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Students’ Summer: Science and Math in New Hampshire. July 5-29, 2010.

Project SmartProject SMART (Science and Mathematics Achievement through Research Training) is a 4-week Summer Institute at the University of New Hampshire, July 5-29, 2011, for talented high school students in grades 10 and 11. It challenges, educates, and motivates students in science and mathematics while acquainting them with the environment and resources of the University as a place for higher education and research. Cost: $3,000 for full four weeks, $2,500 without weekend stays.Applications accepted until all places are filled.

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Feature: A Joint Effort

Lisa Pruitt with Horse JJ at a Summer WorkshopFor people with damaged or painful joints, something like a knee or hip replacement can be the key to a better life. It can also weaken, wear out, or break. That’s where mechanical and bioengineering Prof. Lisa Pruitt comes in.

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Website: Biotech resources

The online resource library of Amgen, a biotechnology human therapeutics company, includes An Introduction to Biotechnology and a glossary of terms, both “intended to provide further background on the science of biotechnology.”

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Teacher Program: Bioinformatics, Seattle, WA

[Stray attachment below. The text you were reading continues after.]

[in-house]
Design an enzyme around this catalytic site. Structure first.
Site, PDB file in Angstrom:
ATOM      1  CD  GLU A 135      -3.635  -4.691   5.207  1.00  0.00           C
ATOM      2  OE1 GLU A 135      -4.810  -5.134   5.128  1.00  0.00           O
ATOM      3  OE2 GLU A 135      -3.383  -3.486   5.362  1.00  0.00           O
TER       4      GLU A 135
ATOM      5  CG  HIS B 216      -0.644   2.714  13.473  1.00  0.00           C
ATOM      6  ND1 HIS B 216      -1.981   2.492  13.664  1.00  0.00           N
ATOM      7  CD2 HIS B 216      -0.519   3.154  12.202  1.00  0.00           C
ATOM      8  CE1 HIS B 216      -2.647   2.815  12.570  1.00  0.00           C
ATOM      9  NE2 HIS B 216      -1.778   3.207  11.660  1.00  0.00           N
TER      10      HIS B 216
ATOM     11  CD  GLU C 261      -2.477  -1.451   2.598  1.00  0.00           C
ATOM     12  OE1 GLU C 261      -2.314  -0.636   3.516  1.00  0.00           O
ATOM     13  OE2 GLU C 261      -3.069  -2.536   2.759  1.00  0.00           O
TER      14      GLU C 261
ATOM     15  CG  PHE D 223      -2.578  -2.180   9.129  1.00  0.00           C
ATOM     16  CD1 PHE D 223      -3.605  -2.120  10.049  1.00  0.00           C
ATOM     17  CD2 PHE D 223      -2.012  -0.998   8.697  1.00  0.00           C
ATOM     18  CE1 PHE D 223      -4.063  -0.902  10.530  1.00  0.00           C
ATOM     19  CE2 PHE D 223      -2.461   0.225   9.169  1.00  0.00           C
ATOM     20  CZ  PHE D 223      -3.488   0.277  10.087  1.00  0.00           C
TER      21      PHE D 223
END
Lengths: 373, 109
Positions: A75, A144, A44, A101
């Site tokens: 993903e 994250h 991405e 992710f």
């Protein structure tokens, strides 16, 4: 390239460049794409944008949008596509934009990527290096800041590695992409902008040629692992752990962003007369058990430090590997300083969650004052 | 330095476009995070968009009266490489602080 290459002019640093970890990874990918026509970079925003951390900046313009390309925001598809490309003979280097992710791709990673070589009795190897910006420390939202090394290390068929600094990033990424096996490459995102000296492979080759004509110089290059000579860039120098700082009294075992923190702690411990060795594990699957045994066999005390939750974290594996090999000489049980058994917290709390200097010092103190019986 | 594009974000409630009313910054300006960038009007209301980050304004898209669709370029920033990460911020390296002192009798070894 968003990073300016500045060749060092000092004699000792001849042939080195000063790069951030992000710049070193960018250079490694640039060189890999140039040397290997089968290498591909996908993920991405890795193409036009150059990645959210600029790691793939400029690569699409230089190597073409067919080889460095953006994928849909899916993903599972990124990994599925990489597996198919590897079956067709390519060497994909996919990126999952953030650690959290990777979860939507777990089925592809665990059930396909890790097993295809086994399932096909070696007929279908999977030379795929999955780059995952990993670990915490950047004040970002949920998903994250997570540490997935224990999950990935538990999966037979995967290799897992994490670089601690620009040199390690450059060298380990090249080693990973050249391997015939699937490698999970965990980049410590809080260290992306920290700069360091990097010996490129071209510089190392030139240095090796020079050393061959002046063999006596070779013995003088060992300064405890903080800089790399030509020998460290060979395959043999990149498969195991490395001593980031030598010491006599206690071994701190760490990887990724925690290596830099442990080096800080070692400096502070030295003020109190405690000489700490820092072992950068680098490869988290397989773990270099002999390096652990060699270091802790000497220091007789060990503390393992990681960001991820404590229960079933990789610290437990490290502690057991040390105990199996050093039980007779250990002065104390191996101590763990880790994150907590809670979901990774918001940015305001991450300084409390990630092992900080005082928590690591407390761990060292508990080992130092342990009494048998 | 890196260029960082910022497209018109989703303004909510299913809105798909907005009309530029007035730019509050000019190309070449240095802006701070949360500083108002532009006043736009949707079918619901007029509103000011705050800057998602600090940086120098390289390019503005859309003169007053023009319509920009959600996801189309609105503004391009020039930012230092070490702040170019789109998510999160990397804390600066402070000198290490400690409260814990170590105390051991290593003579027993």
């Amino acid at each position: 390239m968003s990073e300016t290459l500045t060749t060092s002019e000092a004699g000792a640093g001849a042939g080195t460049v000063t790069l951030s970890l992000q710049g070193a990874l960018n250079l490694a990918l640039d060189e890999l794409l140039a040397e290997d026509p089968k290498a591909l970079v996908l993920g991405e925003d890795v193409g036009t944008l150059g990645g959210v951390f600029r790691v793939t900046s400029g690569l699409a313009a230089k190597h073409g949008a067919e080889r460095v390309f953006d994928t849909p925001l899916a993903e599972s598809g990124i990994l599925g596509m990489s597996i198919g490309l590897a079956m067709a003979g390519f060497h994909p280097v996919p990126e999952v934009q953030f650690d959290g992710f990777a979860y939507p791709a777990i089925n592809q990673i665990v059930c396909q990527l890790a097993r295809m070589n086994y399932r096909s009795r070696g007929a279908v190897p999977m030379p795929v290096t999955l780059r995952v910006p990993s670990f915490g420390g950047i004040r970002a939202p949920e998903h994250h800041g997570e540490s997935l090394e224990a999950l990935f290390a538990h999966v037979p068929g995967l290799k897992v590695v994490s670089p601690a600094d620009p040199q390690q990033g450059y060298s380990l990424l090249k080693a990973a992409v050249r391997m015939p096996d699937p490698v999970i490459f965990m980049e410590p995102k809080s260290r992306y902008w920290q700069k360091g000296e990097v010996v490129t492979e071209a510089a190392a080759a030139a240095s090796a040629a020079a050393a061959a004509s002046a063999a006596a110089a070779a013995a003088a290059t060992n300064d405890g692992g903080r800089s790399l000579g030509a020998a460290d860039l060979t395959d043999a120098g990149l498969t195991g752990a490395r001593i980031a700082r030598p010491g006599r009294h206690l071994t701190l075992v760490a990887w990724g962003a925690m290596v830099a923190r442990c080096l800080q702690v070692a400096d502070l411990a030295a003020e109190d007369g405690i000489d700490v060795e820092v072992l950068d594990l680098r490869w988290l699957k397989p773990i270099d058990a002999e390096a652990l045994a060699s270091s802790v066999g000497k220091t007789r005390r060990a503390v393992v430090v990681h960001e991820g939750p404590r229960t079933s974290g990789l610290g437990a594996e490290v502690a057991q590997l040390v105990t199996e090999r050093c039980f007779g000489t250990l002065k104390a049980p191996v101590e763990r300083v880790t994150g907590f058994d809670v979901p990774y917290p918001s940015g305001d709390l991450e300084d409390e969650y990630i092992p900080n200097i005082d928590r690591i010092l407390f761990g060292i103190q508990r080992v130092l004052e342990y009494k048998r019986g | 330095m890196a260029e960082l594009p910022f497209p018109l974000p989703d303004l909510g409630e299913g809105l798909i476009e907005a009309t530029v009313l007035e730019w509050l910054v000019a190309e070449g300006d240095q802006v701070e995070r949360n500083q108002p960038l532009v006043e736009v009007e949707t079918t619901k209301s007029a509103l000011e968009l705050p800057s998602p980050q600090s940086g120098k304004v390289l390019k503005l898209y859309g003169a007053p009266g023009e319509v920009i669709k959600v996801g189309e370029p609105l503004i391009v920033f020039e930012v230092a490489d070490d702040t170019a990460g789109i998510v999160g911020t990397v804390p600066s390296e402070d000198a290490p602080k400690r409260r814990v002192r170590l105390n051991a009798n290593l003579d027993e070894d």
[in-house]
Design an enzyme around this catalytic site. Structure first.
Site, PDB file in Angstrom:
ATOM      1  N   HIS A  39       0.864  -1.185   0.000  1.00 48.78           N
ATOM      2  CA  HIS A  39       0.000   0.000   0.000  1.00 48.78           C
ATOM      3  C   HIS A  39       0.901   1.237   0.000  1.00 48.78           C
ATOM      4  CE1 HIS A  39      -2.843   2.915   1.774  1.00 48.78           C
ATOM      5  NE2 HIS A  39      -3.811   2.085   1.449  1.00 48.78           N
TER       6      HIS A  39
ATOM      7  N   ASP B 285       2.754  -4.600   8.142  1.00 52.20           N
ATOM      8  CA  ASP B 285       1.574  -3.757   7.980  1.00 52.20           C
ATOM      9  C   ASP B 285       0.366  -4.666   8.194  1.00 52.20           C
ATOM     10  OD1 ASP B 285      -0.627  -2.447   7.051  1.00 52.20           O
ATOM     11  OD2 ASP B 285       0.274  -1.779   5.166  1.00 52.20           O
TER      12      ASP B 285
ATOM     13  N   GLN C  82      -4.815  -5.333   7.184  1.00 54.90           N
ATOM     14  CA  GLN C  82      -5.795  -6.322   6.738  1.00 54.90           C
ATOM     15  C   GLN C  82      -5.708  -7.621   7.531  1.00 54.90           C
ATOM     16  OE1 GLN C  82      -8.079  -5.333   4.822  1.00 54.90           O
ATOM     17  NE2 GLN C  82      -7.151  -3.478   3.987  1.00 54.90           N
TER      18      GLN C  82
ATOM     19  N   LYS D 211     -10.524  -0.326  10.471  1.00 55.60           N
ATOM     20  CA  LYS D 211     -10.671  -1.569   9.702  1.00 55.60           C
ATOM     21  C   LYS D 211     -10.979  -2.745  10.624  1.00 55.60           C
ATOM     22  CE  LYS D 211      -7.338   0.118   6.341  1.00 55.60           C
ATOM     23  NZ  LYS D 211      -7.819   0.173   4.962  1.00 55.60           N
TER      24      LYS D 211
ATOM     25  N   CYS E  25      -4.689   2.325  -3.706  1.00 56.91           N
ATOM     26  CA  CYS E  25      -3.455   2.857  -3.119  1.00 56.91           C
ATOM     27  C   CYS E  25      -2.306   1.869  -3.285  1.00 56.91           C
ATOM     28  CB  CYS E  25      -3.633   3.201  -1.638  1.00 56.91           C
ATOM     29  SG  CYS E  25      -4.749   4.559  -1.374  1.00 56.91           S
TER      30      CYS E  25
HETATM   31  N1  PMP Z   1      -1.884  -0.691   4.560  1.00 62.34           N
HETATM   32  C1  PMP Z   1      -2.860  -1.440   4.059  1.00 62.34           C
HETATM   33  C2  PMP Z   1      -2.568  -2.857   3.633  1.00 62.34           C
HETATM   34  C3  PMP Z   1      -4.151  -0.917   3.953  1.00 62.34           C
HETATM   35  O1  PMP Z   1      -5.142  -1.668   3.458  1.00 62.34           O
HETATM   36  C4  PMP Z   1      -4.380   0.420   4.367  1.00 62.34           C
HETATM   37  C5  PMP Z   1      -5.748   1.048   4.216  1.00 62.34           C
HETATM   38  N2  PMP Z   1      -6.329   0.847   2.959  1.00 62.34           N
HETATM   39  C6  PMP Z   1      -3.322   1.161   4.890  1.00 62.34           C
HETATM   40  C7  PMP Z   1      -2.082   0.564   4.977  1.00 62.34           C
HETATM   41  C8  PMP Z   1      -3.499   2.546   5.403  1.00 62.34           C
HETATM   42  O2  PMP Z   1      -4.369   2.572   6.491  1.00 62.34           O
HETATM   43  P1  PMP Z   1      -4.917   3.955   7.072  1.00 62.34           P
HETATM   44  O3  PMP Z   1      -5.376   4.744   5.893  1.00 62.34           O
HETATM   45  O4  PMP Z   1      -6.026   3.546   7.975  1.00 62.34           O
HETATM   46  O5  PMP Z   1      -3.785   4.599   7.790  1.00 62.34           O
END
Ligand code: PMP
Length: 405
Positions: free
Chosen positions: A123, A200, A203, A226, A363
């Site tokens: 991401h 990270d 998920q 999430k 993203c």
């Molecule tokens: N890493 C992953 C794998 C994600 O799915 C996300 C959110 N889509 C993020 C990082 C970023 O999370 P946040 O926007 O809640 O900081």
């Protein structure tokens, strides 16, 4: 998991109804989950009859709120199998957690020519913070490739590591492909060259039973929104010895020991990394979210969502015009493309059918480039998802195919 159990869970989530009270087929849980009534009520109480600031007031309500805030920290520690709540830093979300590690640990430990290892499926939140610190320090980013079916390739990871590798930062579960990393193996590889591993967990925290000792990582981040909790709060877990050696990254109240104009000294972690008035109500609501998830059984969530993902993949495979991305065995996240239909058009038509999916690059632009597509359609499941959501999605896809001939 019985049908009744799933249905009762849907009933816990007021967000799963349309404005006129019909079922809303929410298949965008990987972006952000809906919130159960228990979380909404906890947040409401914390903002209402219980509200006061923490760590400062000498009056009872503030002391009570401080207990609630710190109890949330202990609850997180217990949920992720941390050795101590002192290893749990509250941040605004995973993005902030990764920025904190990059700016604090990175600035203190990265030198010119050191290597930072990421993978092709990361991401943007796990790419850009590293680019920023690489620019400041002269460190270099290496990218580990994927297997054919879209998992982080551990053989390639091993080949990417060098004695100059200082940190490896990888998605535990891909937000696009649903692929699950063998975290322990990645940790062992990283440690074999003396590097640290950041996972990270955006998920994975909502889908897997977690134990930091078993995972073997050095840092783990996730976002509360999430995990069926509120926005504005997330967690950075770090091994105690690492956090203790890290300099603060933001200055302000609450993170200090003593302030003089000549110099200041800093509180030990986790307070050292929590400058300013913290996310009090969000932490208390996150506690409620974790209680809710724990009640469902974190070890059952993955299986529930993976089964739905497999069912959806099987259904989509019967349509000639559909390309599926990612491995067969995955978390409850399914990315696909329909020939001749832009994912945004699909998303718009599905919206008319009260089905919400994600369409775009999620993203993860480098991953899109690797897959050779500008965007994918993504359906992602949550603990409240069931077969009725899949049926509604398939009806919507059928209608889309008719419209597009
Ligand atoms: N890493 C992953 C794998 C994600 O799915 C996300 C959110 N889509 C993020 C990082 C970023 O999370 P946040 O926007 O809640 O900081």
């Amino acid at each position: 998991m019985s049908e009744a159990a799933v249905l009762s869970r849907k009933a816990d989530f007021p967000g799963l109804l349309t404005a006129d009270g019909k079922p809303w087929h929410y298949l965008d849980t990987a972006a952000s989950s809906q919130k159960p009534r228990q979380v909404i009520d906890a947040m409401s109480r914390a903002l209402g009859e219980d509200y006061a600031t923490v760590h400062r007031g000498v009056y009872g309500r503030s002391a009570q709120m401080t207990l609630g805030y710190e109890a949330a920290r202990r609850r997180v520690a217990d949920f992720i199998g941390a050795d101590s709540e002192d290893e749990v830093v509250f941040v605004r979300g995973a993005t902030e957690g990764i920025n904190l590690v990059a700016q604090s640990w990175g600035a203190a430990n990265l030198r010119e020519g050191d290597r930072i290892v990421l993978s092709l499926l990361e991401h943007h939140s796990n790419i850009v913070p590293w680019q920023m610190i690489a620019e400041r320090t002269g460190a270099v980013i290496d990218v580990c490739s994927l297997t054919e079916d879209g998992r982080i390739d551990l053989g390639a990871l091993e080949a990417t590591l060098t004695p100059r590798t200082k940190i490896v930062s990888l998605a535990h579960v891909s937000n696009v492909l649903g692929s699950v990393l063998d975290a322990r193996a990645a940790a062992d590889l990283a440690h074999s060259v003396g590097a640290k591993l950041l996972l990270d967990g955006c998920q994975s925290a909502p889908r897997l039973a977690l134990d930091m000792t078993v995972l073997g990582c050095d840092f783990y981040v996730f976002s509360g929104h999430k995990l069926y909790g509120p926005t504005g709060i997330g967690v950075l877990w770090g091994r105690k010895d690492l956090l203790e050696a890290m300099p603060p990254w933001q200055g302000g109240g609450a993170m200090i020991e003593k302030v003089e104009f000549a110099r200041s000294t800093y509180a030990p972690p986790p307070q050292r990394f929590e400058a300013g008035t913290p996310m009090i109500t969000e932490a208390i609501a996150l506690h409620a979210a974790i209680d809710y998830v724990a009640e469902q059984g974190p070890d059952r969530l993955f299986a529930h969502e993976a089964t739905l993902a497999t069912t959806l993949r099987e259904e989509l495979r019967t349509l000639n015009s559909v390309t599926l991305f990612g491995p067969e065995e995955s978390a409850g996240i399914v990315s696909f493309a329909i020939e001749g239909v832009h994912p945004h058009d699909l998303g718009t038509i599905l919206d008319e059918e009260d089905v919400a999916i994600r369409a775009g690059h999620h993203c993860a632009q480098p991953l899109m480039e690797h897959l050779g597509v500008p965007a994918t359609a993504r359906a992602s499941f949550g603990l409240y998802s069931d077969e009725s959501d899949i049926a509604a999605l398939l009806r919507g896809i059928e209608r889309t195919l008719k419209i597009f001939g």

This Bioinformatics Professional Development Workshop, held on February 2010, in Seattle, Washington, is designed primarily for teachers of high school biology, advanced biology, and biotechnology. Prior bioinformatics experience not required.

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Teacher Program: Biotech at Boston, March 29, 2010

Biology teachers are invited join Boston’s Museum of Science for a full-day symposium on current approaches to biotechnology education, March 29, 2010. Teachers interested in leadinga 90-minute session are encouraged to submit a proposal by January 15, 2010.

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Lab TV – Engineering & Science Research

Brief, engaging webisodes feature the work of Department of Defense engineers and scientists, ranging from dolphin training to austronauts’ high tech gloves to computer design of naval vessels. The web videos encourage student interest in STEM subjects and technical careers at a Defense laboratory.

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Feature: Space-Age Gardening

Move over, NASA. Remy Dou’s high school students are developing plants that can survive in space. They are learning to master aeroponics, an engineering process in which a nutrient-rich mist is sprayed on the roots. Requiring no soil and very little water, the plants can grow even inside the International Space Station, though Planet Earth is also an option.

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